The Columbia River at minimum flow

The Columbia River at minimum flow

Revelstoke Dam now operating at recommended minimum flow

  • Jan. 19, 2011 6:00 a.m.

The Revelstoke Dam is now being run at minimum flow levels in order to benefit fish and fish habitat in the Columbia River, BC Hydro announced.

The dam is releasing water at a minimum rate of 142 cubic metres per second as recommended by the 2007 Columbia Water Use Plan (WUP). The minimum flow is expected to benefit a variety of fish species such as mountain whitefish, burbot, rainbow trout, bull trout and white sturgeon.

“Water flows in the mid-Columbia River downstream from the Revelstoke Dam are highly variable,” said Karen Bray, BC Hydro natural resource specialist in a news release. “The minimum flow is intended to benefit production in the river from the bottom to the top of the fish food chain by providing a minimum amount of continuously wetted river habitat. Our monitoring program will evaluate this by comparing river productivity across the range of BC Hydro’s Revelstoke Dam operations both with and without the minimum flow.”

As part of the WUP, BC Hydro will monitor productivity in the river for the next nine years with minimum flows in place. The data will be compared with information gathered over the past four years prior to minimum flows being put in place.

The benefits are expected to be greatest in the river from the Revelstoke Dam to the Illecillewaet River, BC Hydro said.

The following is a story by Times Review nature columnist Michael Morris that appeared in the Oct. 20, 2010, issue of the newspaper:

Dozens of orange floats sway in the current of the Columbia River as it streams past Revelstoke. They mark the location of metal frames and cages secured to the river bed to collect samples of what lives in the river bed below the Revelstoke Dam.

The frames are meant to collect algae and microscopic organisms at the base of the aquatic food chain. The cages of gravel will become a home to creatures large enough to see — stoneflies, caddis flies, mayflies. Measuring the river’s biological productivity is a way to assess the management regime of the Revelstoke Dam in regards to aquatic ecology.

These instruments are part of a thirteen-year BC Hydro study led by Karen Bray. She oversees the contractors who install and monitor these river bed samplers. These biologists work late at night when the water from the dam is shut off. The sample collectors are precisely placed to provide the data that will later contribute to a three dimensional map of what lives in the river.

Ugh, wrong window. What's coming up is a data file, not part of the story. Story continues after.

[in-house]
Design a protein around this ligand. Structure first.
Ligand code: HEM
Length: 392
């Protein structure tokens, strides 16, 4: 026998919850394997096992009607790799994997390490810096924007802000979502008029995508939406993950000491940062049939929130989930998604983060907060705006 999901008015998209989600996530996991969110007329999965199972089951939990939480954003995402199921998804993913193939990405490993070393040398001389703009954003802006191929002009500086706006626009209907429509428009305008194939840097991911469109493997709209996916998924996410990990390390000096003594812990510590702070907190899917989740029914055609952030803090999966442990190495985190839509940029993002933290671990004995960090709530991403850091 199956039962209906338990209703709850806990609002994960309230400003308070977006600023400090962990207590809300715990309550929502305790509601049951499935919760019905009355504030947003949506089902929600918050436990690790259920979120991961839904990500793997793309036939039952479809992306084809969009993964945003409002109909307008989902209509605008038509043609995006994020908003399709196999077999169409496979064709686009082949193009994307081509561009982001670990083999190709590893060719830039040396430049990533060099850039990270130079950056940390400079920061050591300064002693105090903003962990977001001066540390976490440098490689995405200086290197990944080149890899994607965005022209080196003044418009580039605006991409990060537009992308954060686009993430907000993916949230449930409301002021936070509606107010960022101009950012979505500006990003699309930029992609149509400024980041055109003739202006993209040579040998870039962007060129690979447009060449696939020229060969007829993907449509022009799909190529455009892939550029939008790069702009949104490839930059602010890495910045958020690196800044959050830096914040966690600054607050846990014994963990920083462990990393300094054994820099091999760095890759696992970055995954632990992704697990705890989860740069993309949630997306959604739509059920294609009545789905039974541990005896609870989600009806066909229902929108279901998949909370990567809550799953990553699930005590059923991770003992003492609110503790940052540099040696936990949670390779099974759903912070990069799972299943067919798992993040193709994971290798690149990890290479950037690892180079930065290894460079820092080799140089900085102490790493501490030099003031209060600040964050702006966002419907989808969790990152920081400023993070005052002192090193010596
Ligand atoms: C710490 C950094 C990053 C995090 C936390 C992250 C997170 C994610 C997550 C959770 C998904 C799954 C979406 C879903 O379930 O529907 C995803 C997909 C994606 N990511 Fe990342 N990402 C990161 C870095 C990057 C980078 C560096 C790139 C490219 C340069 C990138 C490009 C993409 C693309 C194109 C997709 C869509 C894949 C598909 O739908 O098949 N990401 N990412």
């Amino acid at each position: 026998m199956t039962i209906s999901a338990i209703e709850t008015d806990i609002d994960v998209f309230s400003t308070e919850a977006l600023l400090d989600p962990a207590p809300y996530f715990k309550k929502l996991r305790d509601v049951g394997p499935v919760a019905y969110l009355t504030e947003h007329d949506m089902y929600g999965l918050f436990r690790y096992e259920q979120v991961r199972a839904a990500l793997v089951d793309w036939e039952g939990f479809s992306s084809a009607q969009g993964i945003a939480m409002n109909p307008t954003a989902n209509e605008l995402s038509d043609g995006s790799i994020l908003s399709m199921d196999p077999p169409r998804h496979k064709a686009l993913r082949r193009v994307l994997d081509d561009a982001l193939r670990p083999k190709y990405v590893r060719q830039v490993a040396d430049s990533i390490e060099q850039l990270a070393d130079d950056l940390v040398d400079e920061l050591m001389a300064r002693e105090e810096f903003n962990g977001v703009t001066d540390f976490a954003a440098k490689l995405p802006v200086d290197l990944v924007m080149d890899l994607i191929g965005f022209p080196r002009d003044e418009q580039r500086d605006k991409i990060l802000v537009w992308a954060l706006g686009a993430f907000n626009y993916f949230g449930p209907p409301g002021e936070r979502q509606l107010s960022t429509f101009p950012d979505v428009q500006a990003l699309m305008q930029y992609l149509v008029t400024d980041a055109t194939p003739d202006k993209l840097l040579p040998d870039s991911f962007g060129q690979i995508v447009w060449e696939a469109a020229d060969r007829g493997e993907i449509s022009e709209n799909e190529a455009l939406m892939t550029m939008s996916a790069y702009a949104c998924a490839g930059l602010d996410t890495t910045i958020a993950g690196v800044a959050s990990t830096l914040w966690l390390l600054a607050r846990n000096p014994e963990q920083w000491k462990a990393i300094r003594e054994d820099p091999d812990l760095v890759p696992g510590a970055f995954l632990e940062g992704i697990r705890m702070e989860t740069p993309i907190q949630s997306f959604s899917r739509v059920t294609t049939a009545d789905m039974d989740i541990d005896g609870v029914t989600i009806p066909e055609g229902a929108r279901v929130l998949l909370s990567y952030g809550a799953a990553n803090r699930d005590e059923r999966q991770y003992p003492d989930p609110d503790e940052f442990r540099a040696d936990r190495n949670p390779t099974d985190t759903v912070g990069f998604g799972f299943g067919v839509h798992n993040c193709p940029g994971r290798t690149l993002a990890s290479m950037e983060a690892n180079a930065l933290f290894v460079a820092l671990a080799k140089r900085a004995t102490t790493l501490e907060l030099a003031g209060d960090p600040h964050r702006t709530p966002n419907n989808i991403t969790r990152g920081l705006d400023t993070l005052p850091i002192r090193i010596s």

As a consequence of BC Hydro’s public consultations, there will be a minimum flow of 5,000 cubic feet per second from the dam beginning this fall. This has never happened before. Up to now BC Hydro shuts off the water when power demand was low, often not generating power at night or on weekends. The benefit of minimum flow will be judged by measuring what lives there now and then comparing that with what lives there later.

These studies will assess trends in fish populations as well as the energy requirements of bull trout and mountain whitefish to see if there are changes as a result of the minimum flow. These fish, as well as kokanee, rainbow trout, and sturgeon, are part of a larger aquatic ecosystem that extends into the Arrow Reservoir. Many of these fish migrate south into the deeper water for the winter and return upstream in the spring.

Prior to the construction of the Mica and Revelstoke dams, the river experienced spring floods that moved large boulders, eroded banks, and toppled trees into the river creating habitat complexity and a surge of nutrients. The Columbia River used to drop its sediment load in the original Arrow Lakes. Now those sediments are left in the reservoirs, resulting in abnormally clear water for such a large river.

With the operation of the fifth turbine at the Revelstoke Dam expected sometime this fall, maximum flow will increase from 60,000 to 75,000 cubic feet per second. The resulting swings in flow past Revelstoke from daytime maximums to night-time minimums will be of interest to river watchers and scientists.

Will an assured minimum flow nurture the base of this aquatic food chain? If it does, there will be more small fish, which support larger fish, which in turn are food for top predators. Look for the more obvious river dependent residents— osprey, eagles, bears, otters, gulls, kingfishers, which feed in or along the river that passes through our town.